kids-group

Do you have one of those blogs where people hang on your every word, follow every “Call to Action” you present to them, and buy any and every product or service that you make them aware of? 

Me neither. But I’m working on it.

We all need to improve upon our persuasion skills and I’ve been honing those skills for over twenty years.  Can you guess who some of my best teachers were?  My 8 kids (and they are still at it).  Maybe you have (or know) a kid who can talk you out of half of your French fries, get you to watch “The Little Mermaid” for the tenth time, or present a compelling argument as to why a pit stop at the park is more important that heading straight home. 

The list of things my kids have talked me into (by argument or charm) is more than I care to admit.  Their art of persuasion is natural and appeals to emotions, needs, and impulses that we all possess. What can we learn from them?

  1. Try something that works for someone else.  Many times I have heard my kids repeat compliments they have overheard adults use successfully (“You look great today” or “That was a great choice”).  They witnessed the positive response and instinctively knew “that would work for me too.”  We should be looking at other bloggers and mimic their successful tactics.  If you are enticed to purchase something, think about what the other guy did or said to get you to buy.  Can you replicate it and use the tactic in a way that will benefit your audience?  How are other bloggers building traffic? That could work for you too. How are other online business owners making good income? Should work for you too.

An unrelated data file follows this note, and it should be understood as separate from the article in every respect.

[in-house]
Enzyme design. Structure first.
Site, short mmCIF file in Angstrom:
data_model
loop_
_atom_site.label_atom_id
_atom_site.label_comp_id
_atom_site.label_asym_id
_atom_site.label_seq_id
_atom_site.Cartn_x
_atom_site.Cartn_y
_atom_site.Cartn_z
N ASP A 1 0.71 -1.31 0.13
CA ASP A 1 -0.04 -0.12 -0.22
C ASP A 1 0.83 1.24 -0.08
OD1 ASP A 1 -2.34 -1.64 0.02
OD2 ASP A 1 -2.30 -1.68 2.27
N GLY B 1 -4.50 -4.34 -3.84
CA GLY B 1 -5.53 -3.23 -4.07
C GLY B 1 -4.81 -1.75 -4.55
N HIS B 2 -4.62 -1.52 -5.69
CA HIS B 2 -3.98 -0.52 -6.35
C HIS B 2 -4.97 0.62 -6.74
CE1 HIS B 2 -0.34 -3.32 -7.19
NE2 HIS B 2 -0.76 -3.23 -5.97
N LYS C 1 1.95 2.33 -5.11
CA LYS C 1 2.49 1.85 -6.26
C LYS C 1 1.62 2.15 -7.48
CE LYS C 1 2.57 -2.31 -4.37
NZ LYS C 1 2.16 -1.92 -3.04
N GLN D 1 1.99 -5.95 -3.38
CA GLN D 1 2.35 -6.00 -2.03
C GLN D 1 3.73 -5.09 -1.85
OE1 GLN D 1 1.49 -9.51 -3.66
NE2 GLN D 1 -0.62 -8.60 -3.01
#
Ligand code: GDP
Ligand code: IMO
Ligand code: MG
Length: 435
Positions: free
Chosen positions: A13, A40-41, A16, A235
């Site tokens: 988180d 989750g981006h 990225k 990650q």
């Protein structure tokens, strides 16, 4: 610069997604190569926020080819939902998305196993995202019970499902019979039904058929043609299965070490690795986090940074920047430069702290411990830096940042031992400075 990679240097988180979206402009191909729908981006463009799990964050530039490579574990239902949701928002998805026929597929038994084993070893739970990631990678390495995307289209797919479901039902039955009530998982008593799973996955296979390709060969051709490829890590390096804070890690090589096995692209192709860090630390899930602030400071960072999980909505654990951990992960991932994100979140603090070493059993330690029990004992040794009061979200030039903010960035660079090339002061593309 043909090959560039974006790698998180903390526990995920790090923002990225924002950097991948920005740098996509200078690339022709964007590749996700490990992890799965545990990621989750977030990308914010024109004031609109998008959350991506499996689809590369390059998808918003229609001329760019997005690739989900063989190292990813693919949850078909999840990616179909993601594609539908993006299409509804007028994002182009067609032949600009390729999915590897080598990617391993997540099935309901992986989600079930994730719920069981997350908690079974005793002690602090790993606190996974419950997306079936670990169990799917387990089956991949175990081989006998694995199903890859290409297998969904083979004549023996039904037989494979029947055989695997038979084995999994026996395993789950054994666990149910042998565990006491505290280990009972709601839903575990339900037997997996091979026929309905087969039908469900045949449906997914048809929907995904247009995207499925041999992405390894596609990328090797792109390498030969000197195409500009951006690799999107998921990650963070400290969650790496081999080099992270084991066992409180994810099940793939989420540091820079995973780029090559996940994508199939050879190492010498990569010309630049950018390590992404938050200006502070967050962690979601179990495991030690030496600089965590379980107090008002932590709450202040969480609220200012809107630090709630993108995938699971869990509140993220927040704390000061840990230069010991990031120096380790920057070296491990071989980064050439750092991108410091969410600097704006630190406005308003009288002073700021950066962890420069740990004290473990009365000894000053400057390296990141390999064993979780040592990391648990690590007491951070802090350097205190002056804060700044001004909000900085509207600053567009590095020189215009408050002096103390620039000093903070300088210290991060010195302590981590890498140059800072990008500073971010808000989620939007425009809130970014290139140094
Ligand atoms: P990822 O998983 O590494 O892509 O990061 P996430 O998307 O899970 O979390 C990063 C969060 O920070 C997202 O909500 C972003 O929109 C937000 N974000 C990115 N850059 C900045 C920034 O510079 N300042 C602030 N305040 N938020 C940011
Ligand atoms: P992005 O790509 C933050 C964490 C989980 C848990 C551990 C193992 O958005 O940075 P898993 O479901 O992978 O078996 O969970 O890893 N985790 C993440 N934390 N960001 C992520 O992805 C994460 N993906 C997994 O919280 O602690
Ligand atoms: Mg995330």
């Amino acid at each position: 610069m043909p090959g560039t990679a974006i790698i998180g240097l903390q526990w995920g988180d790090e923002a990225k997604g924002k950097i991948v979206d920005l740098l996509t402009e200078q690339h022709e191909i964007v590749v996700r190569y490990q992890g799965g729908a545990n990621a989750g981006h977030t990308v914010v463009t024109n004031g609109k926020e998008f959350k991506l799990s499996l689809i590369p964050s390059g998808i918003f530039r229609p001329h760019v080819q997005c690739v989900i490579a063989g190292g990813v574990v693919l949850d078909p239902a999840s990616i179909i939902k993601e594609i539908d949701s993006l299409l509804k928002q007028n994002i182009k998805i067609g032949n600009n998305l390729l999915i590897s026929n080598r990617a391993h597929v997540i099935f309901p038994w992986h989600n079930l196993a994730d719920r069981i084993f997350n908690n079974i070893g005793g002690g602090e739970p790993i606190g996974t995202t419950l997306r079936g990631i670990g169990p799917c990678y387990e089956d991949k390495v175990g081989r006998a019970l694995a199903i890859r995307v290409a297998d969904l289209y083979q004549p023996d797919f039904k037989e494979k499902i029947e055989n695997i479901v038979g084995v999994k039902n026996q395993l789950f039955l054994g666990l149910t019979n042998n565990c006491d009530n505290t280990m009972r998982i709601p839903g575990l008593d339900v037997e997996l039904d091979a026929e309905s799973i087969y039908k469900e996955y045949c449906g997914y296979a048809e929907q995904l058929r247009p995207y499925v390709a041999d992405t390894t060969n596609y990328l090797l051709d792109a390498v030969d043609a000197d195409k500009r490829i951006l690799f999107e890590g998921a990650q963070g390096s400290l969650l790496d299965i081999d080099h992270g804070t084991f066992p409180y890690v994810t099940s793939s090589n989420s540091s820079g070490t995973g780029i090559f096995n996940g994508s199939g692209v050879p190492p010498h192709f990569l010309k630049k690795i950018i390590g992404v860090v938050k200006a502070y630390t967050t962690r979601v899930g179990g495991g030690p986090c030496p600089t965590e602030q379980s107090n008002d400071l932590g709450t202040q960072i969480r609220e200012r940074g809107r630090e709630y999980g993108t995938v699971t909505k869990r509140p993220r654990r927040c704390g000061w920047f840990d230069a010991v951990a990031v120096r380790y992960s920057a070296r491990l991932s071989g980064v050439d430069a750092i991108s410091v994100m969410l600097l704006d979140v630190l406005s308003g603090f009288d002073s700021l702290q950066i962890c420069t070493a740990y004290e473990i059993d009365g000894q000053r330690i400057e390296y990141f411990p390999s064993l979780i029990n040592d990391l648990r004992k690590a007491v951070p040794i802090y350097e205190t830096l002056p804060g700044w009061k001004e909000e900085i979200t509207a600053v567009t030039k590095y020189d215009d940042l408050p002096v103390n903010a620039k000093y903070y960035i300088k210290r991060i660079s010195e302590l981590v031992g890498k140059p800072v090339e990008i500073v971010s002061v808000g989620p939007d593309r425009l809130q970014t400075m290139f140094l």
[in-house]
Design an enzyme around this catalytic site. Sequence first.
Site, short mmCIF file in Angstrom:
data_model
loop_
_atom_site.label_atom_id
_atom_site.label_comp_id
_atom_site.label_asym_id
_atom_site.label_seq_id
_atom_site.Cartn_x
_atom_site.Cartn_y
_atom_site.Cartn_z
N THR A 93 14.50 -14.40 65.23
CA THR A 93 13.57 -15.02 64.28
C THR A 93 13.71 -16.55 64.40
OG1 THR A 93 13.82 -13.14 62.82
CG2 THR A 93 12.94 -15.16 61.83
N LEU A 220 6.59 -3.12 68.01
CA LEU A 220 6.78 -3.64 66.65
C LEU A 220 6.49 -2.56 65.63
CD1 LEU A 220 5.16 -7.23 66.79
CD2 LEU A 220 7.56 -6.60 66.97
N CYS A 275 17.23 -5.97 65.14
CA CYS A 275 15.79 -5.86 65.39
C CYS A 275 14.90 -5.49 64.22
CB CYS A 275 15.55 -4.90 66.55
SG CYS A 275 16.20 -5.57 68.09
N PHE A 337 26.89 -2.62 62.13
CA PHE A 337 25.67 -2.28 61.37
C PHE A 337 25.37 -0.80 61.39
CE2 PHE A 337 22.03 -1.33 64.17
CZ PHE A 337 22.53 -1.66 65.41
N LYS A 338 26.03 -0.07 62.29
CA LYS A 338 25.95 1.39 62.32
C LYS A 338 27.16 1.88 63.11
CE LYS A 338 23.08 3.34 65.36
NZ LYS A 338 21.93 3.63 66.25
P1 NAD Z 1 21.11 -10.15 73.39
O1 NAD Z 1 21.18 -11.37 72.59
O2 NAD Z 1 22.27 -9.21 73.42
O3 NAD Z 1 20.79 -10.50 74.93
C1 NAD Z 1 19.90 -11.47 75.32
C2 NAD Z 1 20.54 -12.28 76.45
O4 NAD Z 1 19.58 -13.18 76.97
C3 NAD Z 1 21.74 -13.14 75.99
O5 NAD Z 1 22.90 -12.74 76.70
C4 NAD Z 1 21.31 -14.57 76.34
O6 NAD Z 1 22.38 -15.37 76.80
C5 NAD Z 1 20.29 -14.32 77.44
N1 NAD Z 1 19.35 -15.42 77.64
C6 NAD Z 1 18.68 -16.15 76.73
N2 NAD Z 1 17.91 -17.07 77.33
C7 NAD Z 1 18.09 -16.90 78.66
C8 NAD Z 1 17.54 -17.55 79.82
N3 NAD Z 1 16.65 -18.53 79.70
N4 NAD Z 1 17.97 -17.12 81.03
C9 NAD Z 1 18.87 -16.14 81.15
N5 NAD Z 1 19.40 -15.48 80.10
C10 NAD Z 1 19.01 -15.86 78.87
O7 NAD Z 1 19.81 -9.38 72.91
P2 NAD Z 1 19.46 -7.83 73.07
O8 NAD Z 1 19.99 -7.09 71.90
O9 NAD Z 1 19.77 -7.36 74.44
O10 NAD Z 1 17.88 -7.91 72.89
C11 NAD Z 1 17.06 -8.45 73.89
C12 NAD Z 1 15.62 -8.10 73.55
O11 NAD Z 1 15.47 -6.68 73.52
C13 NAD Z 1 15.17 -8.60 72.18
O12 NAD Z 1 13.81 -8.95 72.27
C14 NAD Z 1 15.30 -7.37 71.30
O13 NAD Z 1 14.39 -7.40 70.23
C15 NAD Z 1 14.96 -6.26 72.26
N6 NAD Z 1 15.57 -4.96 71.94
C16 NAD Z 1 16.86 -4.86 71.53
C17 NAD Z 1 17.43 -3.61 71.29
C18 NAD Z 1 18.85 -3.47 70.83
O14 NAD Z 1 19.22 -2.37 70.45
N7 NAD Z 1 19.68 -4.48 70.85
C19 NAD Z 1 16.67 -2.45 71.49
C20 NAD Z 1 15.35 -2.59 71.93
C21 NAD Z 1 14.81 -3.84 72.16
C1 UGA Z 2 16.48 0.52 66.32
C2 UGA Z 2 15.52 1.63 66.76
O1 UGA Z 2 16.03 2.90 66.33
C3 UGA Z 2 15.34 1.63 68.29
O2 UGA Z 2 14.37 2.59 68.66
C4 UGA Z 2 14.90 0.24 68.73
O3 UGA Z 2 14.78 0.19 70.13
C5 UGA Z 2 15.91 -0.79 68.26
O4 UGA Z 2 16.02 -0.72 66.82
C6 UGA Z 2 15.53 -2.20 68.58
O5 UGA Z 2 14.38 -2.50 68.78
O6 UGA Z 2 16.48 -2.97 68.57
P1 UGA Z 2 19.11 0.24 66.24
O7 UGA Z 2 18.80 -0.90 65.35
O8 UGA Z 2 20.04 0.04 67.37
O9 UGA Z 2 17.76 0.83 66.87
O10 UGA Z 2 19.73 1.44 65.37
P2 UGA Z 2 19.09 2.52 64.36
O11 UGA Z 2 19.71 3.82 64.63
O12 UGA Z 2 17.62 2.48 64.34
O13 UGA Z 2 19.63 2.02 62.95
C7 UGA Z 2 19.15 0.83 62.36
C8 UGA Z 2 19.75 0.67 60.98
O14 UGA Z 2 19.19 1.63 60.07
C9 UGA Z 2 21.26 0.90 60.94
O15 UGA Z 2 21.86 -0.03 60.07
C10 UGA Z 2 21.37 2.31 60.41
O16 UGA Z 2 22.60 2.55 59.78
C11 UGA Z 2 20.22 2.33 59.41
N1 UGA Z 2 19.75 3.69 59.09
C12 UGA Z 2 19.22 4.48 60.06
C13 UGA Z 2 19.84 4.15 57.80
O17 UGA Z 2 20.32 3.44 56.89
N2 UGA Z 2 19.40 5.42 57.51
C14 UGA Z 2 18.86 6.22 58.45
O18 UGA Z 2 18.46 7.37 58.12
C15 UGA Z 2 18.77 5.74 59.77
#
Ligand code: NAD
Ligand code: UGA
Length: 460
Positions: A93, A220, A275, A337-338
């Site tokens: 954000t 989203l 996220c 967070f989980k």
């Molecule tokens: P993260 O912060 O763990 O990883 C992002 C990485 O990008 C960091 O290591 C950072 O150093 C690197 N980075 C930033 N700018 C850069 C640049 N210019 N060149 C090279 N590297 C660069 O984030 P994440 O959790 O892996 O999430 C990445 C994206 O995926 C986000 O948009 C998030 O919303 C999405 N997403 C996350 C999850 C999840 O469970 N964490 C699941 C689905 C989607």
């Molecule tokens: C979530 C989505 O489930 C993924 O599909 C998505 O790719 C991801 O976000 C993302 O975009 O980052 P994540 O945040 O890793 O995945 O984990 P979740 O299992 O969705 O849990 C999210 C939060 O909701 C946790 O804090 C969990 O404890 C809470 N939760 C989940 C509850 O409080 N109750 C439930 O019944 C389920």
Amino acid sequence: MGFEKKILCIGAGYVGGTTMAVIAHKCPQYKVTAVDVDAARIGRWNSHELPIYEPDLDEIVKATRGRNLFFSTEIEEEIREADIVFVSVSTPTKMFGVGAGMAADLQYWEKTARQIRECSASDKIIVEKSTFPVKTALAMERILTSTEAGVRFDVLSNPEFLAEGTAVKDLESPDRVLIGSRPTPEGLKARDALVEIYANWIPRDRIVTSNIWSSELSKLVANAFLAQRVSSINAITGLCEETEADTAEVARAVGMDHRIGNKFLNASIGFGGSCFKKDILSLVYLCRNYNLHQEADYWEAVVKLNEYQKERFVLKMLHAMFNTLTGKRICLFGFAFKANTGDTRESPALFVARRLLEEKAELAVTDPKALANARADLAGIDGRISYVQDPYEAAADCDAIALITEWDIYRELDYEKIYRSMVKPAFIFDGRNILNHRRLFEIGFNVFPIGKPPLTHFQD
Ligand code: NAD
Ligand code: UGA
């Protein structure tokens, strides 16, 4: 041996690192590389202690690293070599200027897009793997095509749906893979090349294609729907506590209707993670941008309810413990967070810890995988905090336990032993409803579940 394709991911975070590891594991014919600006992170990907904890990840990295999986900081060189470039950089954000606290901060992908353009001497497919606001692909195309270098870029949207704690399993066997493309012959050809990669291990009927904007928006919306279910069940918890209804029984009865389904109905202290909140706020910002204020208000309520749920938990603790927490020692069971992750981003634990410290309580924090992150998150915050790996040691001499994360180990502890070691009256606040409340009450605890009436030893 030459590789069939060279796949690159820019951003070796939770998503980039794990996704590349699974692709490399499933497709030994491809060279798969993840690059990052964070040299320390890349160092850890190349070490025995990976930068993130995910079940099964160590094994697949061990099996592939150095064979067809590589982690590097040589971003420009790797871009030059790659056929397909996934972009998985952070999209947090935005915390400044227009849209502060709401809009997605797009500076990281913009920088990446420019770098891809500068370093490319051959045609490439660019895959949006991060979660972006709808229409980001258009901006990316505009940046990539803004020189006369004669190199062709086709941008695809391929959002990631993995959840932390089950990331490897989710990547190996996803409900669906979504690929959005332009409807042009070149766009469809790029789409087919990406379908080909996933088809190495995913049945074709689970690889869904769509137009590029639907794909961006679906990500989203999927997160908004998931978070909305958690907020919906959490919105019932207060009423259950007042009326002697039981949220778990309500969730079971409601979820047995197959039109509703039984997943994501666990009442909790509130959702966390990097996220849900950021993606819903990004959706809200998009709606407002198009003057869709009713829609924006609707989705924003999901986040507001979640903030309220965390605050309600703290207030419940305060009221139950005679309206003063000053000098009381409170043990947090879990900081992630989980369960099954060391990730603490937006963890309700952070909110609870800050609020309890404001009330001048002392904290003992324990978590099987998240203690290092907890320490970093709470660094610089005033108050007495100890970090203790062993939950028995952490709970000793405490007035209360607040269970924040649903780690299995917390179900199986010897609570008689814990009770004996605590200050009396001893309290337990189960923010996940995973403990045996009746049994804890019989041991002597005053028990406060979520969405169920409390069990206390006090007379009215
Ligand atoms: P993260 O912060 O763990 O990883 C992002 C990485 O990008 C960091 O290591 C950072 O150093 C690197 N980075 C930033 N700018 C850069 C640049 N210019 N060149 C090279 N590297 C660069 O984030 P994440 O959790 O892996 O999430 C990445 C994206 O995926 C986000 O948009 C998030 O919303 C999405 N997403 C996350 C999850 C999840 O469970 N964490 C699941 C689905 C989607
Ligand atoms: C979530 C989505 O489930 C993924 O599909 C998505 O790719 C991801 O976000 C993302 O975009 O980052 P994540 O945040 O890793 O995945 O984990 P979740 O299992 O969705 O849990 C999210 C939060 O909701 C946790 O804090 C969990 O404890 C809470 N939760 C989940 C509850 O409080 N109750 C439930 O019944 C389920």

2. Make your words count.  If my seven-year-old son walks into my office and says “Dad, hurry, you gotta see this…”, you can bet I’ll get out of my chair and follow him to the backyard to see what he’s talking about.  A kid’s energy is contagious and when they pull out energetic words to get us moving, they usually succeed.  We can spice up bland blog posts with action words that will energize our readers (use your thesaurus and look up words like “fabulous,” “majestic,” “glorious,” etc., to encourage your readers that your request is worth their time).  Don’t be fake or come across like a used-car salesman (the stereotypical kind, not you honest ones out there :) ) but learn to use words that stimulate emotion, interest, and energy.